To underline the impression of the lightness and transparency of the architecture, the architects used concrete with a high white cement percentage. The interiors of the Learning Center also appear light and white, with just a few colour accents in primary colours. Quintessence downlights with wide flood distribution (approx. 50°) were matched to this colour selection with special colour RAL 9010 pure white as part of the ERCO individual service. They provide task lighting with good glare control in areas with single room height. Atrium double focus downlights, which are particularly suitable for use in high rooms with their higher output and flood distribution (approx. 30°), provide general lighting in the double storey areas. Their mounting rings were also customised in special colour RAL 9010 pure white as part of the ERCO individual service. "All downlights thus come with a uniform look," explains lighting designer Linda Bohorc. "For observers these are visually indistinguishable, and are perceived as an integral part of the architecture." In the soffit of the spiral staircases that connect the different levels, cardanically adjustable Gimbal recessed spotlights in special colour RAL 7044 matt grey were installed, matching the colour tone of the exposed concrete in this area. The spotlights with concrete mounting enclosures were installed in a smaller than standard version to avoid any build-up of heat. 4000K was specified as the light colour for all luminaires, indoors and outdoors. This corresponds, on the one hand, to the campus colour neutral white, and on the other, supports the desired uniform lighting effect in Sou Fujimoto's white cuboid building.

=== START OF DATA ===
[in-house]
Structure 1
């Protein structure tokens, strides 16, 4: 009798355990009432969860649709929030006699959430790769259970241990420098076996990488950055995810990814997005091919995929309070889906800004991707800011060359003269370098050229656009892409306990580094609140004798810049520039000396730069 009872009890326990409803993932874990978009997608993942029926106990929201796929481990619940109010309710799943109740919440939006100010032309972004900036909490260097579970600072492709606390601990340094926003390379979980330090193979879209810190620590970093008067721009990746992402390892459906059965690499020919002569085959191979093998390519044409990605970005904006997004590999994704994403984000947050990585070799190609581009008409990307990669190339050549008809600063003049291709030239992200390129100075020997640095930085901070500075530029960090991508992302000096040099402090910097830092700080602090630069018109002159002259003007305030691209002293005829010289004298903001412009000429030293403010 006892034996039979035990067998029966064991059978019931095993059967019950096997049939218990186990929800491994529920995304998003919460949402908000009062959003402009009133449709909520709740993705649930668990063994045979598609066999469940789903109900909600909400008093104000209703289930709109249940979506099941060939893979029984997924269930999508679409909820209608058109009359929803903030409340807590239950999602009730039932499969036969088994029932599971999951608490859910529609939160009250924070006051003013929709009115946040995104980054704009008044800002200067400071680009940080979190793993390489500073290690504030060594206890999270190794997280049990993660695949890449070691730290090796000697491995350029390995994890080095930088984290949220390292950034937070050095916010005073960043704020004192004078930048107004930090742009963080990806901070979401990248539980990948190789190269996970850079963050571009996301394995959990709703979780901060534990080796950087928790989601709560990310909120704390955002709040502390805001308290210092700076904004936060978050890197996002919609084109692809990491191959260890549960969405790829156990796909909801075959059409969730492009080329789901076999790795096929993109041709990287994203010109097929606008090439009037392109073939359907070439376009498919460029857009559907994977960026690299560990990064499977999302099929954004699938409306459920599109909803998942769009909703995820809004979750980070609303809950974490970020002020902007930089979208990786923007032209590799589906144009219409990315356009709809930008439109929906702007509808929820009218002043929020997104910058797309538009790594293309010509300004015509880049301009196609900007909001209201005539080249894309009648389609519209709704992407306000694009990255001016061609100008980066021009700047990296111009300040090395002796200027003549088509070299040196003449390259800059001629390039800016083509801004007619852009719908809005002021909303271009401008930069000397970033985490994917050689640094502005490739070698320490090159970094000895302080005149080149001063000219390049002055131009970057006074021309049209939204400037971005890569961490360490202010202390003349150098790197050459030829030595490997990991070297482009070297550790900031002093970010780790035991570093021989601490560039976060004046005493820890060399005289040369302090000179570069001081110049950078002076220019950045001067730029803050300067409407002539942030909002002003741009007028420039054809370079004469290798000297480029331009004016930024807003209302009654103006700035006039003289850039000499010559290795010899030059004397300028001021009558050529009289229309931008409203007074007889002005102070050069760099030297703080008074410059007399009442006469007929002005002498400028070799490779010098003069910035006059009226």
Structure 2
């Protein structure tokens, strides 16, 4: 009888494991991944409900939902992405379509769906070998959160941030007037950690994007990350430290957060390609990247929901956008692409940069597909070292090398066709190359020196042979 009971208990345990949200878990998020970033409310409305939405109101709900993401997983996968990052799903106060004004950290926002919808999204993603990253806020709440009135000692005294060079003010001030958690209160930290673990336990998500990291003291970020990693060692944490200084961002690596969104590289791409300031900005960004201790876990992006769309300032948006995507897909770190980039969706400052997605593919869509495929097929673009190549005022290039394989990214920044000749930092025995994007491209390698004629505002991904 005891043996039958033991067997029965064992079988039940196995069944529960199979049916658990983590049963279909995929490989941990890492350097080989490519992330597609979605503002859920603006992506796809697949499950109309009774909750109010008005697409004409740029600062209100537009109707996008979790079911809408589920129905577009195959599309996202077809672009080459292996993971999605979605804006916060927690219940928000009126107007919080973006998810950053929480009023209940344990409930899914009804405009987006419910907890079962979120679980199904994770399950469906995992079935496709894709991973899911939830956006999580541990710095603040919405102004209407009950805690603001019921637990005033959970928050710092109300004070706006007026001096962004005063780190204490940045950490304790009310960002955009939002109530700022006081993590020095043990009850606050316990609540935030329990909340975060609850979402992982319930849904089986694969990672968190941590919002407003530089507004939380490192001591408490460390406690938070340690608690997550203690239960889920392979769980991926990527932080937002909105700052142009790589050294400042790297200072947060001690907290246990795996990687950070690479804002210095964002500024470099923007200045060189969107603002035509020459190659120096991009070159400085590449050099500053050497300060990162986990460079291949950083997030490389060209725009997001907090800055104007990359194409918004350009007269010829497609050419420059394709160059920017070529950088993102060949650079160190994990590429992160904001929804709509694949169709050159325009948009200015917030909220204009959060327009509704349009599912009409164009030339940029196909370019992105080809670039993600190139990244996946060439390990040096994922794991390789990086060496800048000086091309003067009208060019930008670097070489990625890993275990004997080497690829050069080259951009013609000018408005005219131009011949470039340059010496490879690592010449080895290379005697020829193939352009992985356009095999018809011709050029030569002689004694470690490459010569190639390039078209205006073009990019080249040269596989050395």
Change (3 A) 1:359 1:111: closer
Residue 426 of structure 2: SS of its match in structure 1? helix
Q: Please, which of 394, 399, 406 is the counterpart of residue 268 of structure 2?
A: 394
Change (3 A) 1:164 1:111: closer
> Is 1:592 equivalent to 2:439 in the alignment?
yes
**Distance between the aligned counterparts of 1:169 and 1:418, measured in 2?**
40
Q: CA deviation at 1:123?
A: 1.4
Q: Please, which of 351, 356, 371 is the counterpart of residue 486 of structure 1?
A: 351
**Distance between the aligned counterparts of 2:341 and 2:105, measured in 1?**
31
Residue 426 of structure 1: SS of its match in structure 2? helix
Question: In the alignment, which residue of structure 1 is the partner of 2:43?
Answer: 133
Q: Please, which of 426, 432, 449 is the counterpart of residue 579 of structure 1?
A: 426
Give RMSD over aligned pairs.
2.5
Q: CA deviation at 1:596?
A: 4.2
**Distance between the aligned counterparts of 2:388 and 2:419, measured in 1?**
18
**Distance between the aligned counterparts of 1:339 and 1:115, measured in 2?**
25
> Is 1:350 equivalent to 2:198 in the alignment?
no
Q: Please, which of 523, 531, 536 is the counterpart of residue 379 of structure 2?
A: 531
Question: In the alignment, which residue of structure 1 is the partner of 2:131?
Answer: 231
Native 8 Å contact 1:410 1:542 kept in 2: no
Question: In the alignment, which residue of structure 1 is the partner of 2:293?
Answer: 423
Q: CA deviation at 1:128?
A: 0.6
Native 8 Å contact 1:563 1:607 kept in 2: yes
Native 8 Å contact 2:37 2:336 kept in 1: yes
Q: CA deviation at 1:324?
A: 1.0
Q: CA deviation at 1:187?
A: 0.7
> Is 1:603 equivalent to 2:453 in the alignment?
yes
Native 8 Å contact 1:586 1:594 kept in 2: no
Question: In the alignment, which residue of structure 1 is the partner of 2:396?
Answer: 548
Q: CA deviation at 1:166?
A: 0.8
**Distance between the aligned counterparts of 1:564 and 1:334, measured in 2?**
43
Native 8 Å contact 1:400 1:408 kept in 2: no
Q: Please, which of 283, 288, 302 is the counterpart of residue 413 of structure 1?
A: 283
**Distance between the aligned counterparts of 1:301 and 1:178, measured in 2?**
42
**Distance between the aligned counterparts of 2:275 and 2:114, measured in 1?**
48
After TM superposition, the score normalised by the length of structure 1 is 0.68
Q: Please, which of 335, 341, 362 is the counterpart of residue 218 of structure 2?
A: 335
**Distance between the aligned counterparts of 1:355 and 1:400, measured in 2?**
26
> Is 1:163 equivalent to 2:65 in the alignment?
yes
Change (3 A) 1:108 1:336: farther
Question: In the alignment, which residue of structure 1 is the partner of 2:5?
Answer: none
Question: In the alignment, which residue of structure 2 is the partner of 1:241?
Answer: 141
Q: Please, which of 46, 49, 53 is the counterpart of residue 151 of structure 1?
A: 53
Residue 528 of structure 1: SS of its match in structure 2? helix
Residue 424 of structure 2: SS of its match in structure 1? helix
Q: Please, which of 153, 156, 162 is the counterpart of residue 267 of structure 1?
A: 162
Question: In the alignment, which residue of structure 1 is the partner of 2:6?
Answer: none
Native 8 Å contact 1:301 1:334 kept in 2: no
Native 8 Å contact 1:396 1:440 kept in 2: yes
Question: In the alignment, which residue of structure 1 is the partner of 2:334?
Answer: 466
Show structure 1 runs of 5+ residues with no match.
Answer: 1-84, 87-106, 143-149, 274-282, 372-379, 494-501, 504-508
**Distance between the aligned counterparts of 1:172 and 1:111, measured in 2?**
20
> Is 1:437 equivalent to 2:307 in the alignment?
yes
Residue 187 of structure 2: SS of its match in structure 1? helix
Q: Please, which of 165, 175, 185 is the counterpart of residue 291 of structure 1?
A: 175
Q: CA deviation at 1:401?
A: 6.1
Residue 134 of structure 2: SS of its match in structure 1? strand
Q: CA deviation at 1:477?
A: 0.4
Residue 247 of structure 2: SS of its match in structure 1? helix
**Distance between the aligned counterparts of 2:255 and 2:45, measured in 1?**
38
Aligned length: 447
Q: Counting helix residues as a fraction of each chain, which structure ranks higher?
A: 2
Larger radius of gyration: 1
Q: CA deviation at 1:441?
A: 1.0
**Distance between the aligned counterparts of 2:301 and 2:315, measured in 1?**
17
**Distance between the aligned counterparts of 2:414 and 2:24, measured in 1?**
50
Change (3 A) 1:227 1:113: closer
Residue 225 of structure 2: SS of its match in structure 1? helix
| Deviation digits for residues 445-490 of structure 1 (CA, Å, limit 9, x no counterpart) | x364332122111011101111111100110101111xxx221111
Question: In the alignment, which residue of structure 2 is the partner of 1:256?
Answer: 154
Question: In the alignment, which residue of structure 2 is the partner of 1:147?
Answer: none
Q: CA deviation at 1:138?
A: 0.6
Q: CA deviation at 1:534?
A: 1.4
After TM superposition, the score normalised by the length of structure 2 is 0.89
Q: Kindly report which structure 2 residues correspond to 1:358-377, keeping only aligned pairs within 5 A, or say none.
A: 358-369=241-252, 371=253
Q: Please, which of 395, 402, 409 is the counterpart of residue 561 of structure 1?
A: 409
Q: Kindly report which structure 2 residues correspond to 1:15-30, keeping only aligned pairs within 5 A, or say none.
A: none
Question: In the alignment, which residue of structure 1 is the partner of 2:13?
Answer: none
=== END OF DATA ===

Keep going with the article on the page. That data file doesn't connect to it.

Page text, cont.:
ERCO Greenology: sustainable lighting for a future-oriented building